~ ~ The Callaway ERC driver is the latest offering from the renowned golf club manufacturers Callaway, whose equipment is the choice of so many of today’s top professionals, and hence much sought after and purchased by the sport’s millions of amateurs. This club is, in fact, in the second stage of its development, the original ERC 1 recently being superseded by Callaway’s latest model, the ERC 2. ~ ~ Before I get into describing the golf club and why it is considered so different from many other drivers, let me tell you about some of the controversy it has caused in the golfing world. There are two “ruling bodies” in the world of golf. The oldest (and still most highly respected) is the Royal and Ancient Golf Club at Saint Andrews, the home of golf. The other is the USPGA and USGA, the professional and amateur bodies in the USA. These organisations both make and amend the rules for golfers the world over, the R & A presiding over Europe, and the USGA over the USA. ~ ~ Now it is not often that these two bodies disagree over something, golf not being a sport that either likes or condones controversy and argument, but they have had a major disagreement about this new driver from Callaway. Before a new piece of golf equipment can come into play it must first be inspected by officials from these two bodies, and pass a stringent series of tests to ensure that it doesn’t give a player an undue or unfair advantage over other golfers. In the case of the ERC driver, it has been approved for use in tournament play by the R & A, but has been rejected as illegal by the USPGA. So at present there is a somewhat crazy and confused situation, where this club is legal in Europe, and in much of the rest of the world, but is illegal in the States. ~ ~ Now this doesn’t mean that a golfer cannot buy or use it in America, but simply that they cannot use it in a competition, or they run the ris
k of being disqualified. So many of the top professionals actually own this driver, but cannot use it when they are playing in a USPGA tournament, whereas it is alright for them to do so in Britain, Europe, and most of the rest of the world. No doubt this will be resolved eventually, and some sort of compromise agreement and settlement reached, as there is simply too much money involved here for anything else to happen otherwise, but for the moment this is the way things stand. ~ ~ So what is it about this club that is causing so much fuss? Put simply, it is the fact that nearly all golfers who use it will find an immediate improvement in both the distance and accuracy of their drives. In tests, it has been shown that the average improvement in length is about the 35 yards mark, while the straightness, or accuracy, of the shot has improved by about 20%. This has been achieved by Callaway using computer-aided design, and revolutionary new methods of manufacturing the clubhead, using a very thin titanium alloy. The result of this is that the golf ball leaves the clubhead at a higher velocity than with other drivers, and a slight “positive draw” bias has been built in to ensure that the ball will also fly straighter most of the time, even with hits that are less than perfect. ~ ~ The R & A say that this is within the rules of the game, while the USPGA say it gives users an unfair advantage. So who’s right? To be honest, I wouldn’t be qualified to answer that question, and leave it to the respective governing bodies to sort out the mess between them. What I do know is that having tested out this club over a number of rounds I would agree completely with the test findings. It DOES hit the golf ball both further and straighter than any other driver I have ever used, and that includes its “legal” competitors from the likes of Taylor Made and Ping. ~ ~ But at a cost of about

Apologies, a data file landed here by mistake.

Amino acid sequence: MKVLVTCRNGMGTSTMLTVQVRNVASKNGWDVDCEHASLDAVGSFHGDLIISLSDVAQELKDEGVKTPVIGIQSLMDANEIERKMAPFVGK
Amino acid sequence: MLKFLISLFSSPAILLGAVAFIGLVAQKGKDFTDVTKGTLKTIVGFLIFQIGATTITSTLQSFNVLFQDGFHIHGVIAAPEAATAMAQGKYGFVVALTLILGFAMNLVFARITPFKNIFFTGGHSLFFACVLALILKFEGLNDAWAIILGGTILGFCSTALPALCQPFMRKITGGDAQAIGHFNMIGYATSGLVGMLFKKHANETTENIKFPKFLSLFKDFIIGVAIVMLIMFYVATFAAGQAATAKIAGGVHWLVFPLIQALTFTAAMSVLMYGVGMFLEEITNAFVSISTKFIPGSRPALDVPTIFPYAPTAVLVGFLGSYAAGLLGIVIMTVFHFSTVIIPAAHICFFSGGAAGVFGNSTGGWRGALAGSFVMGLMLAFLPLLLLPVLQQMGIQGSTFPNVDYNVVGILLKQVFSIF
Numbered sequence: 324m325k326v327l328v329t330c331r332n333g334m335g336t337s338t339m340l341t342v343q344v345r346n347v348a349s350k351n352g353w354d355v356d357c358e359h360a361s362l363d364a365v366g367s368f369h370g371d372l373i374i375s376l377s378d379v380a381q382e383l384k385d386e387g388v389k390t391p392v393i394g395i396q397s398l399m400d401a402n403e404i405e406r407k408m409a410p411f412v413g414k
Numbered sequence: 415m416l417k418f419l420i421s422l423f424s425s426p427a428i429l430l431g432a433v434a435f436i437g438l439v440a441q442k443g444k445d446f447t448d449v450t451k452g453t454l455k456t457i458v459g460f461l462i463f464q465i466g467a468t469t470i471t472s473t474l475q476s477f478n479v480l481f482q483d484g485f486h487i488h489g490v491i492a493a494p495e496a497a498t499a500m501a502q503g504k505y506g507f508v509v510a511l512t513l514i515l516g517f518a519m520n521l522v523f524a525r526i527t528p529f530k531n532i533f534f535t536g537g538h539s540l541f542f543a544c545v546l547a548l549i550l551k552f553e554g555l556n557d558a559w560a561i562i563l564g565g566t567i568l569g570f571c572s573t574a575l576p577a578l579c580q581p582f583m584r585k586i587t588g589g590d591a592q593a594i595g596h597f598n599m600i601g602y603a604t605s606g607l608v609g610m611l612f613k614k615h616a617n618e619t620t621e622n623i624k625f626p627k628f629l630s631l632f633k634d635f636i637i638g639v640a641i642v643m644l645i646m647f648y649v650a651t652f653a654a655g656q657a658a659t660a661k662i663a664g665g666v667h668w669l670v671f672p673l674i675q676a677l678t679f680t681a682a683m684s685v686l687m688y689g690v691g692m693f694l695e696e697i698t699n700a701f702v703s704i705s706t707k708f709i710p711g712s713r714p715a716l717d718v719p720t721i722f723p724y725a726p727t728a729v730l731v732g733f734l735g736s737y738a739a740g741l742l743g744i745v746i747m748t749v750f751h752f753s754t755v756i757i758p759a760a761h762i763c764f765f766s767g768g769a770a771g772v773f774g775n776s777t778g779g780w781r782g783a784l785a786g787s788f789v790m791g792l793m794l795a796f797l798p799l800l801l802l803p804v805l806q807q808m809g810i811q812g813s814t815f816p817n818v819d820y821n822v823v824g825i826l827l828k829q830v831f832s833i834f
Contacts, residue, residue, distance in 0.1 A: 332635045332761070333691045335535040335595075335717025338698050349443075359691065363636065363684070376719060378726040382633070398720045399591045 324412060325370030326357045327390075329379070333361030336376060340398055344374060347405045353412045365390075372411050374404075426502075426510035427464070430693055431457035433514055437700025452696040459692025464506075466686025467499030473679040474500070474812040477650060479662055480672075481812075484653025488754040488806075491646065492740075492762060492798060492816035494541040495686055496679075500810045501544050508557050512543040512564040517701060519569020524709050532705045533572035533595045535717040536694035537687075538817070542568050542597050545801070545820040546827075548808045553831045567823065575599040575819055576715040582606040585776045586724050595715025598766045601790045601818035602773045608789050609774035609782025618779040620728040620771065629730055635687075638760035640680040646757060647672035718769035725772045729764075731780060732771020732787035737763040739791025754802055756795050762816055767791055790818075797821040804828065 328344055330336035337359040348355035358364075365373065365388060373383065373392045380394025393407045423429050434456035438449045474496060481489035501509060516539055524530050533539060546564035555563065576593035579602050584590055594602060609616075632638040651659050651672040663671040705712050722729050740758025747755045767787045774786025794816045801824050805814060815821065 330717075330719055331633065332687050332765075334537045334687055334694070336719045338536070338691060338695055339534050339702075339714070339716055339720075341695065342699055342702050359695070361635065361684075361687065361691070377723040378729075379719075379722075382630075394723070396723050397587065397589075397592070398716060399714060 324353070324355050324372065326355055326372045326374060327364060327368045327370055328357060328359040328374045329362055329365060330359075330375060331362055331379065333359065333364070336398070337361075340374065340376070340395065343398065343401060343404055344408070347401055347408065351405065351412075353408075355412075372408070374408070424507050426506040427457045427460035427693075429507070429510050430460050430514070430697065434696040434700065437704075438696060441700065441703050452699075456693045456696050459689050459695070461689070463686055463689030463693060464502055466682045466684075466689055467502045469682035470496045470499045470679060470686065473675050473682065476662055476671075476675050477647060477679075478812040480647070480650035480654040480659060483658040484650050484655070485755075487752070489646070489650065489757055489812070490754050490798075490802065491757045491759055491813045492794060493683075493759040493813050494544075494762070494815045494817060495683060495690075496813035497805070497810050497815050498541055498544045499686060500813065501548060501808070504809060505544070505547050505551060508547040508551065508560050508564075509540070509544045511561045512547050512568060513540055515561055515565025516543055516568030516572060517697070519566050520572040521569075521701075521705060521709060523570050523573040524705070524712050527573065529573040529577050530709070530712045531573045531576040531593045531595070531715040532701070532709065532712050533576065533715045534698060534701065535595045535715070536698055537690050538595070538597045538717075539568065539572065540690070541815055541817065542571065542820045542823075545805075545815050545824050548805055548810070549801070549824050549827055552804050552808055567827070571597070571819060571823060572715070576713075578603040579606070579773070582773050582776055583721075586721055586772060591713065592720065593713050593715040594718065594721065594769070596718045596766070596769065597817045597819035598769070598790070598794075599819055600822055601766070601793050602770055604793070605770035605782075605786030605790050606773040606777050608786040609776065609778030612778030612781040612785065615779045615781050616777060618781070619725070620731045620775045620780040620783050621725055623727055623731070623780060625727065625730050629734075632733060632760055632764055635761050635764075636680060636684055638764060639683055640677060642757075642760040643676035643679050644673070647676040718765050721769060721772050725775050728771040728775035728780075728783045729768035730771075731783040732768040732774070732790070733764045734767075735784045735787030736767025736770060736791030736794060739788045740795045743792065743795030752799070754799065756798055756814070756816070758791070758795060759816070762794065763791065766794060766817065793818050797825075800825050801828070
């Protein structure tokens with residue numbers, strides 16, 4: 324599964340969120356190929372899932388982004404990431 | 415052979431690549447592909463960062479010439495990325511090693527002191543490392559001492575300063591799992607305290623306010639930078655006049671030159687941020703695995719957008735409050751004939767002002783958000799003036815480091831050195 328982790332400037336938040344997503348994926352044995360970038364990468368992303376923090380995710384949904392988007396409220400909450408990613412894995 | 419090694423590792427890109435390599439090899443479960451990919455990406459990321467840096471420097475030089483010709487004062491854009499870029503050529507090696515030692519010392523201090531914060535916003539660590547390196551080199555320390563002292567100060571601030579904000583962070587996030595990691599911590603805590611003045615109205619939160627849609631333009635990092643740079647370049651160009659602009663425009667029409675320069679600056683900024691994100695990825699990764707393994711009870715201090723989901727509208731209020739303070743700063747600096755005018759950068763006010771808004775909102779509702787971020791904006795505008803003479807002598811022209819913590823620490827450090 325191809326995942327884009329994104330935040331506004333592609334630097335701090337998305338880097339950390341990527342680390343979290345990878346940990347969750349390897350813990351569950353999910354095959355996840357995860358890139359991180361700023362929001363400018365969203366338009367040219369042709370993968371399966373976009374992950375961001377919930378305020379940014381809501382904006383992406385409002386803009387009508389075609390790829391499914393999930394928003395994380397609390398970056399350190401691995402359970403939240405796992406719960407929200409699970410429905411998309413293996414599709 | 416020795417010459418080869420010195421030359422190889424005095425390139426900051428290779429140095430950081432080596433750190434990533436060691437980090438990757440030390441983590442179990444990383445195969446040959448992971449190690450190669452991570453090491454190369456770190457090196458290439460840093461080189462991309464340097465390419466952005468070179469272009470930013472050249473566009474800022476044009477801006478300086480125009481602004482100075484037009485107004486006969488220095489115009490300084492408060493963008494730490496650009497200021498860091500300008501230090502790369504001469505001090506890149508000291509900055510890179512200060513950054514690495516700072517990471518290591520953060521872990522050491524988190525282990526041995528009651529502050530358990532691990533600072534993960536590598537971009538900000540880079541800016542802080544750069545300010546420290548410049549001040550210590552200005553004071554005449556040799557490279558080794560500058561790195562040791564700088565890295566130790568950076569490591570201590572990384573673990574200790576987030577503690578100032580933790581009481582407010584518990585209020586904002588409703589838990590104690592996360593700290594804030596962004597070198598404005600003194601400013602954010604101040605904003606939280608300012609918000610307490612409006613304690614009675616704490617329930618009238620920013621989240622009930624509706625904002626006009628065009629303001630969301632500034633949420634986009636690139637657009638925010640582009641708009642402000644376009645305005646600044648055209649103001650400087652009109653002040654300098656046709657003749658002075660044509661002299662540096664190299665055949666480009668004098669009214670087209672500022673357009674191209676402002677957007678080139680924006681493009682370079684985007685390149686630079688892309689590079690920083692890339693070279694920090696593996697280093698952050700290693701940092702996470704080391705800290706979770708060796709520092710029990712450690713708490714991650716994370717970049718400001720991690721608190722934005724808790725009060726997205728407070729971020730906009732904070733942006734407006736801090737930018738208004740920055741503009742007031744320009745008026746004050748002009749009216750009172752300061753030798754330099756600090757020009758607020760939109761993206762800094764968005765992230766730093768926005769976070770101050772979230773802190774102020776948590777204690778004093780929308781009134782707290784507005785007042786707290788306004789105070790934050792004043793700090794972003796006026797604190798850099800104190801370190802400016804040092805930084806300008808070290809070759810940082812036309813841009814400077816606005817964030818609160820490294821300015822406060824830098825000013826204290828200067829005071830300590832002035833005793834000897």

£500 (Sterling, it’s nearer £650 Irish Punts!) it won’t be going into my golf bag until they come up with a definitive answer as to its legality or otherwise. I got caught out this way once before, when my “Ping Eye 2” irons were suddenly declared illegal after I had been using them for over two years, that resulted in them having to be returned to the manufacturers for over two months for modifications to be made. (It also cost over £100!!) Do try out this driver though if you get the chance. I guarantee you that you will hit the ball like you never have before.
£500,, YES £500 . Thats how much this beautiful piece of craftsmanship costs. So of course you will understand my surprise when I got my hands on it , only to realise that its not all that beautiful and its mass produced , not painstakingly chiseled by a craftsman as you would expect. Now dont get me wrong , in the right hands its a great piece of kit, but is it really worth £500. I dont think so. I was given the chance to use the ERC at a recent demo day and it is a good club , but thats all. I was expecting to whack every ball miles , but in reality I hit the HAWKEYE straighter and, even longer than the ERC. You see the way the ERC works is there's a very tiny space behind the clubface which gives a trampolene effect,,, if you hit the sweetspot. But lets face it , how often does the average club golfer do that!! So in reality the only people who will benefit from this club are the pro's. In my opinion, if you want to splash out on something special, why not buy a top class putter, after all the average golfer will use this almost three times more in an average round of golf.